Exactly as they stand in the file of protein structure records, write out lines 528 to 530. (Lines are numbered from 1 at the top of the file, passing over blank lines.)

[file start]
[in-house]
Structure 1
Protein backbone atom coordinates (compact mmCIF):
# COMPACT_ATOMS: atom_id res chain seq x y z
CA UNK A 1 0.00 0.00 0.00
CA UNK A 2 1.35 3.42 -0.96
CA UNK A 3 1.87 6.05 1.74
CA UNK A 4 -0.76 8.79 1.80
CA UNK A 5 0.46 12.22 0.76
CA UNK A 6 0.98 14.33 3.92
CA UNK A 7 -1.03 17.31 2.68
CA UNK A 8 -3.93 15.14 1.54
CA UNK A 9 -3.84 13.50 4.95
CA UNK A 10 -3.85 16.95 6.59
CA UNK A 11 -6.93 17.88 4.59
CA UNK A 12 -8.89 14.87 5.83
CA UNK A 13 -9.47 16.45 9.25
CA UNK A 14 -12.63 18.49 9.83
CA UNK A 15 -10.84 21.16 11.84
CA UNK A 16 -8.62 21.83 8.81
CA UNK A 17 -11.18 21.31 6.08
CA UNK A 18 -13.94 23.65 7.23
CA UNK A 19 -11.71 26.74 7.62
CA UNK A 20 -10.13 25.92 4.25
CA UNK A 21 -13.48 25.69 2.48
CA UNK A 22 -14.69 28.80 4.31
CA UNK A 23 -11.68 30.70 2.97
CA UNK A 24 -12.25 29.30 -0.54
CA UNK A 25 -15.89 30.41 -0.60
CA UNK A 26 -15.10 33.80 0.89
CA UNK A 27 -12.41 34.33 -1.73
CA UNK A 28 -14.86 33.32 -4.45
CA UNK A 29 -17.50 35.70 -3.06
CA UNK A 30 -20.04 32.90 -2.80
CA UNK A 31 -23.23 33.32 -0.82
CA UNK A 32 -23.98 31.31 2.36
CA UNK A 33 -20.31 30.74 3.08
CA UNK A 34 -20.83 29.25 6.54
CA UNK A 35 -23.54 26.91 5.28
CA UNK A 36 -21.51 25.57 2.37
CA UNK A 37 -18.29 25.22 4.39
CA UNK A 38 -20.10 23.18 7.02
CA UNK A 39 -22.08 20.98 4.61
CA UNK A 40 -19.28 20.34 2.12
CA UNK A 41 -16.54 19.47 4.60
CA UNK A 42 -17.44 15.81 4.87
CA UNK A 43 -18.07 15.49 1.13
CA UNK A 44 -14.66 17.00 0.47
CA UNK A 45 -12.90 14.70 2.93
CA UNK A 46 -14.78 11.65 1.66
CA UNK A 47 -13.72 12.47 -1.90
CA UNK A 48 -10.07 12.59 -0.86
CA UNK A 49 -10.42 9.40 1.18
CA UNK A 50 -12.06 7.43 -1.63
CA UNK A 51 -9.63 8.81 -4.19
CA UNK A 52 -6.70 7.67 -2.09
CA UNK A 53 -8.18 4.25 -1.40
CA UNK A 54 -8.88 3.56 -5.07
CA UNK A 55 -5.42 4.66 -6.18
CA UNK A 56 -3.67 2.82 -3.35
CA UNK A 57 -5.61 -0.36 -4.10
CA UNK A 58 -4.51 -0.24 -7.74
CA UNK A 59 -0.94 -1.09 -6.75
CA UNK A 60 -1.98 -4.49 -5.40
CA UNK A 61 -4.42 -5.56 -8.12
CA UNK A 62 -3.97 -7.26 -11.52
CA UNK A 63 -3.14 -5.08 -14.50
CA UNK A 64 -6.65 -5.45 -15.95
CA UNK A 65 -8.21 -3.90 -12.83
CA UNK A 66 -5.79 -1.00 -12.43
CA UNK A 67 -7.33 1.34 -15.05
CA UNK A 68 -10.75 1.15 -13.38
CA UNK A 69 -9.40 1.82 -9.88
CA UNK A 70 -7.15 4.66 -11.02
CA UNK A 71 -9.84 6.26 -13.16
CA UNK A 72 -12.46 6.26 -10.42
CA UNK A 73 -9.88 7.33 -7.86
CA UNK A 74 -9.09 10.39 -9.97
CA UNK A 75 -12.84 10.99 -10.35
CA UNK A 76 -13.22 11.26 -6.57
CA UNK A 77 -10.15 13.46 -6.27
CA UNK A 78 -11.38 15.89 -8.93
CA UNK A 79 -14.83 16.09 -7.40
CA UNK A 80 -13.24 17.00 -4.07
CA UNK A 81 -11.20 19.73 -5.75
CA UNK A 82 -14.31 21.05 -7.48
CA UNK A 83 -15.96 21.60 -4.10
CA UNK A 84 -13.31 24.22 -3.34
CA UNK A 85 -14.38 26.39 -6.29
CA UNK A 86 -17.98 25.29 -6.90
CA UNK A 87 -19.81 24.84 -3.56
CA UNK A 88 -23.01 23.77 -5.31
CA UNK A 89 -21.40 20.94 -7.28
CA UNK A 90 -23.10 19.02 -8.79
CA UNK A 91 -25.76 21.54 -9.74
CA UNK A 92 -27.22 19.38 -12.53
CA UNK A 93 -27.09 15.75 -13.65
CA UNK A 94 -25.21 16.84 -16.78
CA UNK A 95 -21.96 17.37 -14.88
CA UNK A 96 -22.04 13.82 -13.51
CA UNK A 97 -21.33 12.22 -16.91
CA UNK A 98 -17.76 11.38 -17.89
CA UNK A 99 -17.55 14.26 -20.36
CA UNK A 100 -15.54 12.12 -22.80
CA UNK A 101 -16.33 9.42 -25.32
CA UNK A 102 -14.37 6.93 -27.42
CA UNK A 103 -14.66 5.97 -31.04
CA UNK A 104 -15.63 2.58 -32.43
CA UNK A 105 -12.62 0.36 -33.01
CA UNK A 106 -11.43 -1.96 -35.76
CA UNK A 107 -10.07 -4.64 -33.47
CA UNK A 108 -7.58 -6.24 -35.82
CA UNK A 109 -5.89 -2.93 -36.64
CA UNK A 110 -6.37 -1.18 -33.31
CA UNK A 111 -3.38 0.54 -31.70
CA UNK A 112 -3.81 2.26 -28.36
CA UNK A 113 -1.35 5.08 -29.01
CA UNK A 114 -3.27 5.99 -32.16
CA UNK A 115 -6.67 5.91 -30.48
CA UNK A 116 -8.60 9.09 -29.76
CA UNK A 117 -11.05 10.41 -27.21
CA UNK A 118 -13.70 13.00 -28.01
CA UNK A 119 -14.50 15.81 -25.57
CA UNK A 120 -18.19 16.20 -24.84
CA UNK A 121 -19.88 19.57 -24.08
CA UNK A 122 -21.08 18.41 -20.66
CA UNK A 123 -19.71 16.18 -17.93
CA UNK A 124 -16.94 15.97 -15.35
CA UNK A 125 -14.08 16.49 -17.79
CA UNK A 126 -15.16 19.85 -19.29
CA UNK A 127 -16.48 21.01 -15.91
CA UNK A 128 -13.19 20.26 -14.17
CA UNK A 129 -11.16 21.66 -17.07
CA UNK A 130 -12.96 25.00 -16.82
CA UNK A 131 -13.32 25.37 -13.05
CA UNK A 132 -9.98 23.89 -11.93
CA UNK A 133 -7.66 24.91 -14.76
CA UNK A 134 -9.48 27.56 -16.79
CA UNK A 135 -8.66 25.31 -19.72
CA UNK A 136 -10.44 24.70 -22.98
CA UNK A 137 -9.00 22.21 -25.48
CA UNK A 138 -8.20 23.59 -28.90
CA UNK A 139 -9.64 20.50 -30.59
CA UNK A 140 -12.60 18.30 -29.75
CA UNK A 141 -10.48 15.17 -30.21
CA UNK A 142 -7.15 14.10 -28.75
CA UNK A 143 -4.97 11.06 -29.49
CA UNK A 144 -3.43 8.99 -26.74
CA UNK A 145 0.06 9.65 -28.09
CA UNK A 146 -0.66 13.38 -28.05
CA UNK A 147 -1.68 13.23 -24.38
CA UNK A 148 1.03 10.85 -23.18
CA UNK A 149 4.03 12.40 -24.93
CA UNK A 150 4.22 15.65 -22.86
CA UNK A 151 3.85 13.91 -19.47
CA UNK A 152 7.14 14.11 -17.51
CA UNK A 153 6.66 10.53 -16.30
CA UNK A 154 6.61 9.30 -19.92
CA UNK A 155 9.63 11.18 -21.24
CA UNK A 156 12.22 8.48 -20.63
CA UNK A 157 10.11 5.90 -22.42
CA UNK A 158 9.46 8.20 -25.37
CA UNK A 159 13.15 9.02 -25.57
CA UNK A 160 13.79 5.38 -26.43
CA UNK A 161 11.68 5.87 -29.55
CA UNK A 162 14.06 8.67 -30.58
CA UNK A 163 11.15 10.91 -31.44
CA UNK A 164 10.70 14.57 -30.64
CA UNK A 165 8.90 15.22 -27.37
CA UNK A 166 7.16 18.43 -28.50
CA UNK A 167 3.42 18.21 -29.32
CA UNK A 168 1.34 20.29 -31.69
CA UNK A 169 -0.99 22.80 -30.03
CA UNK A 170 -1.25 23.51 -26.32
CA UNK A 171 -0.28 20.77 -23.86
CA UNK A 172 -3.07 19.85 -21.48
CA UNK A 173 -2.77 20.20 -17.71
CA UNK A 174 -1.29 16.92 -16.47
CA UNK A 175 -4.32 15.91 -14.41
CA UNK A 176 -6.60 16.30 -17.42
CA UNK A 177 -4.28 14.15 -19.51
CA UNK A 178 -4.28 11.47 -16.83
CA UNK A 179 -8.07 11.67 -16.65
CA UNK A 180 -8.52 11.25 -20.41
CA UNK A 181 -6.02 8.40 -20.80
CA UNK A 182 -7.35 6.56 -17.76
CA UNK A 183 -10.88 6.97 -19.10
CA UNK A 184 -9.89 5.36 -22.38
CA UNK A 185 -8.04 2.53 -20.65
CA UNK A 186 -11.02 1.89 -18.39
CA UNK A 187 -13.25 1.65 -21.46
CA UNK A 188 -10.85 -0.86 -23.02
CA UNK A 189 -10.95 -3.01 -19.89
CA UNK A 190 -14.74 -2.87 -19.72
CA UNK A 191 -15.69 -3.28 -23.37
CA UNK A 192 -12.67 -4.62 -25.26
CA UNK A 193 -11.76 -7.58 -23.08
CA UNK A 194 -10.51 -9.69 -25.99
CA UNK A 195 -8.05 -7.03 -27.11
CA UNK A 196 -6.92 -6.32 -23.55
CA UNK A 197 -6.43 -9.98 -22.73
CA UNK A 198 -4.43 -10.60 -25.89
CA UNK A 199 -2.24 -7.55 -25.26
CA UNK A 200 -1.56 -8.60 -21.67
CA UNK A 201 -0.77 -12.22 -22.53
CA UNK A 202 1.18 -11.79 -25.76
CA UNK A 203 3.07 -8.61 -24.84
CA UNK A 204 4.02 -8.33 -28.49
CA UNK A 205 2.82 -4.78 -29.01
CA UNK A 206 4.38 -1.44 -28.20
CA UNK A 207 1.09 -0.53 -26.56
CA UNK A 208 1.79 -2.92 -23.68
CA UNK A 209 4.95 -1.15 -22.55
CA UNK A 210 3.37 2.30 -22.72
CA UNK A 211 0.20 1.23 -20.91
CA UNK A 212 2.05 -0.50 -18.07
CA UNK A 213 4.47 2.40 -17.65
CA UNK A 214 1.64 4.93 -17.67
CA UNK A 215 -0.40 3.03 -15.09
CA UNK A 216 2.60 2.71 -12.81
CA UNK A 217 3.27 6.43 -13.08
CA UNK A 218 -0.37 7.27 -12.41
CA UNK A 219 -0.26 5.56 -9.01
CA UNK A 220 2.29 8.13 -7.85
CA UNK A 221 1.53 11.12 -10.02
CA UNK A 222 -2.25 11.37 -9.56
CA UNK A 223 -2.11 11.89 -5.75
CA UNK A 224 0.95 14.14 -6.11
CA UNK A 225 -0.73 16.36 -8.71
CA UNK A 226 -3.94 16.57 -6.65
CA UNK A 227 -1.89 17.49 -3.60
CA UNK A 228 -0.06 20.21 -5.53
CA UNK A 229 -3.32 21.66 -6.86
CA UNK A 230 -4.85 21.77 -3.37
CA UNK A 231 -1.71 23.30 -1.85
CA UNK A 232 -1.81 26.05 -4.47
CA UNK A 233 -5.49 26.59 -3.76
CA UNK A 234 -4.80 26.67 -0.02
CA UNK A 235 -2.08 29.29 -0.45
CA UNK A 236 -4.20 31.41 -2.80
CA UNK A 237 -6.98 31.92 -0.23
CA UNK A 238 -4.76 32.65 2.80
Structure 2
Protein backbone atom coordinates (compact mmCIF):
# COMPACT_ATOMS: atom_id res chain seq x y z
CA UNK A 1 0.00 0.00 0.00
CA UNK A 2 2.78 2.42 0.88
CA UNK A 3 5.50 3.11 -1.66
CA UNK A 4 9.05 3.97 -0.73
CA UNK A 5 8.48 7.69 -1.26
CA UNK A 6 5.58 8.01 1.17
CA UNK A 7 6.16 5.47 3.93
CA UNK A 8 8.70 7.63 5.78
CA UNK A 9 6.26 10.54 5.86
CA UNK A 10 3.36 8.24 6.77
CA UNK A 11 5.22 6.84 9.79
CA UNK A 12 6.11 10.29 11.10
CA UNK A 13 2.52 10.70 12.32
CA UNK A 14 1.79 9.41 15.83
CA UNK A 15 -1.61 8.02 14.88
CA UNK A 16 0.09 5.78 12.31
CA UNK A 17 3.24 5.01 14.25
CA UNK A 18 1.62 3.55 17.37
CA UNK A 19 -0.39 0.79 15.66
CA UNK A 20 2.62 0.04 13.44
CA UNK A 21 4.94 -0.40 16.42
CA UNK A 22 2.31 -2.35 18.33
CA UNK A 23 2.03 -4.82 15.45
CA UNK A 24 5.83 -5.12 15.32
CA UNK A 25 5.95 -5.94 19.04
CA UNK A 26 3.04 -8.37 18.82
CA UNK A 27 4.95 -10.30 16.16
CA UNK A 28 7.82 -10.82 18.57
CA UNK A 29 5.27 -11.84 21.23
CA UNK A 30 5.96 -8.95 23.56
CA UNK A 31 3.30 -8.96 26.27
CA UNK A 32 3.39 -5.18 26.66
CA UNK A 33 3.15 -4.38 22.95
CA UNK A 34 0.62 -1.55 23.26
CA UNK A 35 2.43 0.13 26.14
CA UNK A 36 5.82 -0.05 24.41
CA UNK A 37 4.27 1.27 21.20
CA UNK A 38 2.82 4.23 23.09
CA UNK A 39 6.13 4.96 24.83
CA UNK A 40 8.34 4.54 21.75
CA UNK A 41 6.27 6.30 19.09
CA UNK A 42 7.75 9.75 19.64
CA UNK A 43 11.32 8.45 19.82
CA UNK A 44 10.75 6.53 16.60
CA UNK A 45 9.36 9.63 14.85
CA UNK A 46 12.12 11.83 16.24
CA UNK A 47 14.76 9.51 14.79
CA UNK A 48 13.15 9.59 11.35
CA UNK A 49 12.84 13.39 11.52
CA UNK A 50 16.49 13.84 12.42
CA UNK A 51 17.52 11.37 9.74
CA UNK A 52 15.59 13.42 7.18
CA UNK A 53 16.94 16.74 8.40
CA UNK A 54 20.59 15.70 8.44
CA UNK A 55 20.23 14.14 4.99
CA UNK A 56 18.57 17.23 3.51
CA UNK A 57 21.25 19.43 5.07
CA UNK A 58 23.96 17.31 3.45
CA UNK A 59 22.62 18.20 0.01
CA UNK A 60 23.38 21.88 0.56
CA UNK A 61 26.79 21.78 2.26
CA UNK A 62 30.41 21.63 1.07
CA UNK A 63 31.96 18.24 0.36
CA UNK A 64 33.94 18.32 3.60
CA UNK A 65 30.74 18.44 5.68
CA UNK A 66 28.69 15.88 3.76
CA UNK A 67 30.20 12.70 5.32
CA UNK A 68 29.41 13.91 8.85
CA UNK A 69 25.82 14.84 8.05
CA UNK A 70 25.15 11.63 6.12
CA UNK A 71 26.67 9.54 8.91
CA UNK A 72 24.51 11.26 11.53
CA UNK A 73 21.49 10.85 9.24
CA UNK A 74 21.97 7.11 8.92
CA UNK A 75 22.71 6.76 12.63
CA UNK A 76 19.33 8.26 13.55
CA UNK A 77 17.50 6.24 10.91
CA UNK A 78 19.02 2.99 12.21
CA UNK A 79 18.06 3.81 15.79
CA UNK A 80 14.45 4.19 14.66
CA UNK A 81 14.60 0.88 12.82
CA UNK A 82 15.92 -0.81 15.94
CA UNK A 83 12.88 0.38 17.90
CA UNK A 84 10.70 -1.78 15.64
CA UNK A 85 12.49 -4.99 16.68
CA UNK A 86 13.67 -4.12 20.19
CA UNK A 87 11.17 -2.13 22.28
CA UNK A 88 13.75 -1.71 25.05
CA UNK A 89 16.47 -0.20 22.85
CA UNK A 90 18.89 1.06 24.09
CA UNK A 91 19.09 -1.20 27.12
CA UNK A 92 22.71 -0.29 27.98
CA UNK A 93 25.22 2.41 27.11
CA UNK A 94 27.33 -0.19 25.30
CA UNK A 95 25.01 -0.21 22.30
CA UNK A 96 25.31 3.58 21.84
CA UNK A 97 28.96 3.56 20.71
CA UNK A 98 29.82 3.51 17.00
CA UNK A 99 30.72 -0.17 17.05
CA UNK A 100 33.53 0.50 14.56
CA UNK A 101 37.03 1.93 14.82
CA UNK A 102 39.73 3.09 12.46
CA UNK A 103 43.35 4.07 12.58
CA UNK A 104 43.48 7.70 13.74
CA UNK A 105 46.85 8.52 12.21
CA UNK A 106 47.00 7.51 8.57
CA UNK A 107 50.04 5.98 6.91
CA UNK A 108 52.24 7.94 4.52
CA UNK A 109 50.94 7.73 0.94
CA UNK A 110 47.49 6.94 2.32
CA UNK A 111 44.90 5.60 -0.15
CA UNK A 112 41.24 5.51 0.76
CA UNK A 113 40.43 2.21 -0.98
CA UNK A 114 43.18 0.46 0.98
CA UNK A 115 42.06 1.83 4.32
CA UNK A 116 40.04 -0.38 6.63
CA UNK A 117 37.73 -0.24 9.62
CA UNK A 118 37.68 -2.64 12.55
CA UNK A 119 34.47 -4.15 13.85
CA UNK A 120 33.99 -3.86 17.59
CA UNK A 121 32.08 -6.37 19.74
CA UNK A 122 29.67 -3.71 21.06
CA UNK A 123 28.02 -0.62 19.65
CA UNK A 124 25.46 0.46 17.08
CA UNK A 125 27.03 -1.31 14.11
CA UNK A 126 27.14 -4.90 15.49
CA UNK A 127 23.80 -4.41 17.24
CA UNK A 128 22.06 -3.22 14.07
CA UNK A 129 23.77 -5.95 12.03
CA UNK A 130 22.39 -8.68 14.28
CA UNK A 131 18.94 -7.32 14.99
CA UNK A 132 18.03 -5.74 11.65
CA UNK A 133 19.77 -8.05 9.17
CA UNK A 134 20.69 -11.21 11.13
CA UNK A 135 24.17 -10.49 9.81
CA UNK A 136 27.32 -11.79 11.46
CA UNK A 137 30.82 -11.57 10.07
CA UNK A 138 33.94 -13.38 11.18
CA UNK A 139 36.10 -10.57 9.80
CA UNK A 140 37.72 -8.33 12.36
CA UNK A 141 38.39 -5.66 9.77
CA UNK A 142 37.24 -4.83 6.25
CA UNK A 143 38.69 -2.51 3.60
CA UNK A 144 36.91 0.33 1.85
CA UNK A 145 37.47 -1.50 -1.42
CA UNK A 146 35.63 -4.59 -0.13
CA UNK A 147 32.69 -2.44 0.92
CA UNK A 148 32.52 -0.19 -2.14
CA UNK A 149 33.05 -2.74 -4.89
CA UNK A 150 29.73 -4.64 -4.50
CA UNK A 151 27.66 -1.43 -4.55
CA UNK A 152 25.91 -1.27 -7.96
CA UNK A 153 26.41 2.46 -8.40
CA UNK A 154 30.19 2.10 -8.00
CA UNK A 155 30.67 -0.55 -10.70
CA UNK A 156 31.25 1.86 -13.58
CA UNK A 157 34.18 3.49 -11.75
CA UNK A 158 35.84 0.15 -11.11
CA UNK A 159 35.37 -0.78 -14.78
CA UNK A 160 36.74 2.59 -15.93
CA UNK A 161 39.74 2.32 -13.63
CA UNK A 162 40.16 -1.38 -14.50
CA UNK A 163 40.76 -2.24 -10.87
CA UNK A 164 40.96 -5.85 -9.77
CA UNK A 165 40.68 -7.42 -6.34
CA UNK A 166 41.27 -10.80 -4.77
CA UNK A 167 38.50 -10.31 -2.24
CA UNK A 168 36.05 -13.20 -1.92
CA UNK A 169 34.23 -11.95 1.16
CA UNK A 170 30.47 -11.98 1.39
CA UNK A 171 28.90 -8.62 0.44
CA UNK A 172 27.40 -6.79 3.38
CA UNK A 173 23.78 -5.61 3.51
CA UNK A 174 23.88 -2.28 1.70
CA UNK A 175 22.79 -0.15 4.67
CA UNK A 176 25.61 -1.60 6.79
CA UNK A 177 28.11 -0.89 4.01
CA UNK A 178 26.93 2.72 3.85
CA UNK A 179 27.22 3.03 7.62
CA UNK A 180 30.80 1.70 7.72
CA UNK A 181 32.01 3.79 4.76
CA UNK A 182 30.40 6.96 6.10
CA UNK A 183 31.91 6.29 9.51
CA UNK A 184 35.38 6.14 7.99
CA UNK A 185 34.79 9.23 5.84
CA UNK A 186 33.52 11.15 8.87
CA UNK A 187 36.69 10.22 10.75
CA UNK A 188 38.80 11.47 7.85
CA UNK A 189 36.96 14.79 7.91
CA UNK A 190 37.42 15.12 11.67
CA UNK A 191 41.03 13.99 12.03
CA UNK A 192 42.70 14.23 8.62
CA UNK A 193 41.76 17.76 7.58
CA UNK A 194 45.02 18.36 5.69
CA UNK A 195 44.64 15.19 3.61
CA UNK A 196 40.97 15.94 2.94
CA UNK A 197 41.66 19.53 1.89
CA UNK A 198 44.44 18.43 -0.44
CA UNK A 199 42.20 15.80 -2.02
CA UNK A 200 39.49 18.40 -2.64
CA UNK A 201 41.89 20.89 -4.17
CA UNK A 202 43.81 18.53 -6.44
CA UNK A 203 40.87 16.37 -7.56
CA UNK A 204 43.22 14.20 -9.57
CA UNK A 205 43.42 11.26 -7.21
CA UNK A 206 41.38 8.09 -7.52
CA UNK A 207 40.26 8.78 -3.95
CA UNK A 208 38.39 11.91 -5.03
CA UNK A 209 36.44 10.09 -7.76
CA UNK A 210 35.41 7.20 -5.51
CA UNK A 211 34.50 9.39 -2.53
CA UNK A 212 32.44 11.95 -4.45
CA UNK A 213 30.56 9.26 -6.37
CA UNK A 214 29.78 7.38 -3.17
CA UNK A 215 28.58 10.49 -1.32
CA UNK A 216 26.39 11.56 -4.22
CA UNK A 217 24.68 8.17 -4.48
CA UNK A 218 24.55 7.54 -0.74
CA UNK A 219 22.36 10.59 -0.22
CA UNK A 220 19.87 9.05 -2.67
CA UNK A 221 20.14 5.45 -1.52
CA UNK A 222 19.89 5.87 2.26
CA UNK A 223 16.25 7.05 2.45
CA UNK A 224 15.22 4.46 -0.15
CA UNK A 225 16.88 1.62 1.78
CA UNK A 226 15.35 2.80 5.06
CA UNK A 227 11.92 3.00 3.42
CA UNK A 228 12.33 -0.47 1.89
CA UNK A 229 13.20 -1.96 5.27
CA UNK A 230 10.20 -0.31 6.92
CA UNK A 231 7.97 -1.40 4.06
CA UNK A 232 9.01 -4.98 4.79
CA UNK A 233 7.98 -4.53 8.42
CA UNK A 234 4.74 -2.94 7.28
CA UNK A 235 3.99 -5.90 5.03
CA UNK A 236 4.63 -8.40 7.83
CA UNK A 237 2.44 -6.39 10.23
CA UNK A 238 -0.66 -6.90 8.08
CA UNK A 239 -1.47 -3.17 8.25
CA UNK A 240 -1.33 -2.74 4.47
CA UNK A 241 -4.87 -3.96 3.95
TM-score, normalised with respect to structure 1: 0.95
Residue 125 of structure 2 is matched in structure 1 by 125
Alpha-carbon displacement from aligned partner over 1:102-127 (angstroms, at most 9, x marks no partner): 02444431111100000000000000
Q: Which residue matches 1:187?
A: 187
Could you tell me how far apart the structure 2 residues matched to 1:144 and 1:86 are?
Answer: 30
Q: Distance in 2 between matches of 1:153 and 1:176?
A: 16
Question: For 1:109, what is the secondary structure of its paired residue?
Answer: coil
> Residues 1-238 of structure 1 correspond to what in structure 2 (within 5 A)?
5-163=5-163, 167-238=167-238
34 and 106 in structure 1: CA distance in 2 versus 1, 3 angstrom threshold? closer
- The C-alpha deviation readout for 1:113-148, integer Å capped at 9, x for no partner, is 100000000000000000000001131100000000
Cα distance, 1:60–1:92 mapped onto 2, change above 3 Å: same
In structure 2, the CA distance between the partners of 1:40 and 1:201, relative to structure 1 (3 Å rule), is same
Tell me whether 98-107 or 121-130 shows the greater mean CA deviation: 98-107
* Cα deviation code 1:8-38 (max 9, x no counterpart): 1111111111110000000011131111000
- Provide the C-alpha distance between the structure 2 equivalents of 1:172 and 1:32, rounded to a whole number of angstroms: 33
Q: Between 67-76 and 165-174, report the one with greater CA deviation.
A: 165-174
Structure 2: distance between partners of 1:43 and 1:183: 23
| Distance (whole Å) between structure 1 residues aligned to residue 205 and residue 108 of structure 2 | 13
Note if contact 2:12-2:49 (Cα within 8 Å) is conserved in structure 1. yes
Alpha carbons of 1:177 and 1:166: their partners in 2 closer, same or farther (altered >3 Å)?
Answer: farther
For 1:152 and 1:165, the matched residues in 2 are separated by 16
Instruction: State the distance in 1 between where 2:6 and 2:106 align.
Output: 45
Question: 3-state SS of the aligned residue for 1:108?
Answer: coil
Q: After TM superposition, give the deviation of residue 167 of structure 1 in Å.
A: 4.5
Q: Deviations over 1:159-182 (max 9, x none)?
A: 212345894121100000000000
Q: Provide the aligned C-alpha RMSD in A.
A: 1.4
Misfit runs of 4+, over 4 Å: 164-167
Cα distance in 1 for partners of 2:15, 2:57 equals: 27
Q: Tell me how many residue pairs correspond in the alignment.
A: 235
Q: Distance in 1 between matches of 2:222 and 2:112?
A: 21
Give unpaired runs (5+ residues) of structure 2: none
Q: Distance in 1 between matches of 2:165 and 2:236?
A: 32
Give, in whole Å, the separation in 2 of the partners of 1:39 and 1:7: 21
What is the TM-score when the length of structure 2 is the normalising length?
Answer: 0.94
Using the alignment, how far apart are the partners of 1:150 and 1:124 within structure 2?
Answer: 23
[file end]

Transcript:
A: 235
Q: Distance in 1 between matches of 2:222 and 2:112?
A: 21